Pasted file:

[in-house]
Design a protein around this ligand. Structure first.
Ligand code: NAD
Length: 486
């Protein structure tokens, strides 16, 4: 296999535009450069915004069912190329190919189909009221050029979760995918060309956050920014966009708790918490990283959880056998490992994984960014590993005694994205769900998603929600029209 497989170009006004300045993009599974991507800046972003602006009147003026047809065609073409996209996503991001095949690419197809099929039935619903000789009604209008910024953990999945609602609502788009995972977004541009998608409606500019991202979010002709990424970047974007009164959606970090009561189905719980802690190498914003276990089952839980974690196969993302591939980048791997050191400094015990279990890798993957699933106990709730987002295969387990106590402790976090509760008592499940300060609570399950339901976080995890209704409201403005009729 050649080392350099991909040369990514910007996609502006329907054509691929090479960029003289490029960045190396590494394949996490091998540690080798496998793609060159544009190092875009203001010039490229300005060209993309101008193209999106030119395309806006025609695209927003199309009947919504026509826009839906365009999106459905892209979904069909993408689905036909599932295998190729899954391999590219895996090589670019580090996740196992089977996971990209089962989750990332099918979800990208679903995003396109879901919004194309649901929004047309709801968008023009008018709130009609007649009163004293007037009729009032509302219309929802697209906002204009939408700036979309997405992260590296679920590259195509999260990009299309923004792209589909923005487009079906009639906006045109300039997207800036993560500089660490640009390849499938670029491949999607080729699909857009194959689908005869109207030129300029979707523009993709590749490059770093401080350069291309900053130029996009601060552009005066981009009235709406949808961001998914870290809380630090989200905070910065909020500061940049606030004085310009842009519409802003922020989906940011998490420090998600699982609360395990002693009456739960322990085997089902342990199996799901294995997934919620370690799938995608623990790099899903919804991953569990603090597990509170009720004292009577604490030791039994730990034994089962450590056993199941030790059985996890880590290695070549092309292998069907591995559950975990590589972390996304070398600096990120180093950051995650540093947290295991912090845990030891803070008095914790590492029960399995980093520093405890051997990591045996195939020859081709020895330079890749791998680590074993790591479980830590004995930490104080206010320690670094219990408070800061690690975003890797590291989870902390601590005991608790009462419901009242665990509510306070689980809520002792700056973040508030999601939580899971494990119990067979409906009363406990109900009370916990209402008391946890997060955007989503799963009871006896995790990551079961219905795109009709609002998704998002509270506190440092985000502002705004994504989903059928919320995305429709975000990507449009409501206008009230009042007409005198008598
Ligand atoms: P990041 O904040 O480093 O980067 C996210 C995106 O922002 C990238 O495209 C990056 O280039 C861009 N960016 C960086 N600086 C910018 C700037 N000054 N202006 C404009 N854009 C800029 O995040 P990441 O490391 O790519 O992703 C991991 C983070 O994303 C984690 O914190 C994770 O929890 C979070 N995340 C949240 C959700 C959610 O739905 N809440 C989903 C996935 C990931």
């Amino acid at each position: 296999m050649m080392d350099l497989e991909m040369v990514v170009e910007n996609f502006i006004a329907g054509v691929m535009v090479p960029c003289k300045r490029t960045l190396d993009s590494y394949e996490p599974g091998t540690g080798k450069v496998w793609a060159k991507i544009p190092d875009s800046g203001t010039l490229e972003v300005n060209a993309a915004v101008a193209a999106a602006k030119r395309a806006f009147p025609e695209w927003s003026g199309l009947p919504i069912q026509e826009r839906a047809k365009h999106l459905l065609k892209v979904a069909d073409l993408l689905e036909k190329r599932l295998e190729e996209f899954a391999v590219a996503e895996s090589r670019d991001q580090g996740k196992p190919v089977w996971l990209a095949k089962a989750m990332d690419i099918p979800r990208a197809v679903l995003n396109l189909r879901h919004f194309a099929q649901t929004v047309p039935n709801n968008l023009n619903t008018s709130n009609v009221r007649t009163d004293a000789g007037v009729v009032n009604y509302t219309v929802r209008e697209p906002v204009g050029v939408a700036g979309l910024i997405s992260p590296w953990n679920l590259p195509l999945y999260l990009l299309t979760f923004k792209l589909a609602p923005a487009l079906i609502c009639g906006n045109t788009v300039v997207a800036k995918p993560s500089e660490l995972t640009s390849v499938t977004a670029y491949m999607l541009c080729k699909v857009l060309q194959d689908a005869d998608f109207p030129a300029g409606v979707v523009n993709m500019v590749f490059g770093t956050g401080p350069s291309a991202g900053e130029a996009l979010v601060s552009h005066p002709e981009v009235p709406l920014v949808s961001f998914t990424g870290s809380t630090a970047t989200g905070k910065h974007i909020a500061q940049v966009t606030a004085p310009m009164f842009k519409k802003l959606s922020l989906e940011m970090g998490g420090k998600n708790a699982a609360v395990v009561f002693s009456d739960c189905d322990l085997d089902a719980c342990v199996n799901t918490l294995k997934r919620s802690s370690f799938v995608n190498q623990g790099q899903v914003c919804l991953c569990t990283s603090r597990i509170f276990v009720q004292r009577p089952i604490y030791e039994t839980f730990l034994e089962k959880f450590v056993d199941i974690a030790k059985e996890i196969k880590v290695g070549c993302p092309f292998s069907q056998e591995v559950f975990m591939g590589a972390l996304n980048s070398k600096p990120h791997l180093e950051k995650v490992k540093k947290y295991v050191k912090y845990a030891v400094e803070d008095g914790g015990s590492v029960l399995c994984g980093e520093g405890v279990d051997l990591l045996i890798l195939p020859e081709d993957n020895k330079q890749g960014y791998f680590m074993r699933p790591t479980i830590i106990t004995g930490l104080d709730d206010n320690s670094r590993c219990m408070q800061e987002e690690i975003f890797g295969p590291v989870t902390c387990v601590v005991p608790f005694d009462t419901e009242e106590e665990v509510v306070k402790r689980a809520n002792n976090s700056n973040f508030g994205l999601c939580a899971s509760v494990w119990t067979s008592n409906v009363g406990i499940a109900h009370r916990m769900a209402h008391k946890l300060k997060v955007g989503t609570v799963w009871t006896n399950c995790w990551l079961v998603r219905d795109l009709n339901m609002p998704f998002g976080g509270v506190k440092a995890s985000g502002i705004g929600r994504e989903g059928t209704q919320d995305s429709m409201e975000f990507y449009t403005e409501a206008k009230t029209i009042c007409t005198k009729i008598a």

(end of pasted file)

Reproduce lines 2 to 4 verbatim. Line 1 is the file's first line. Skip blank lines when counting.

Design a protein around this ligand. Structure first.
Ligand code: NAD
Length: 486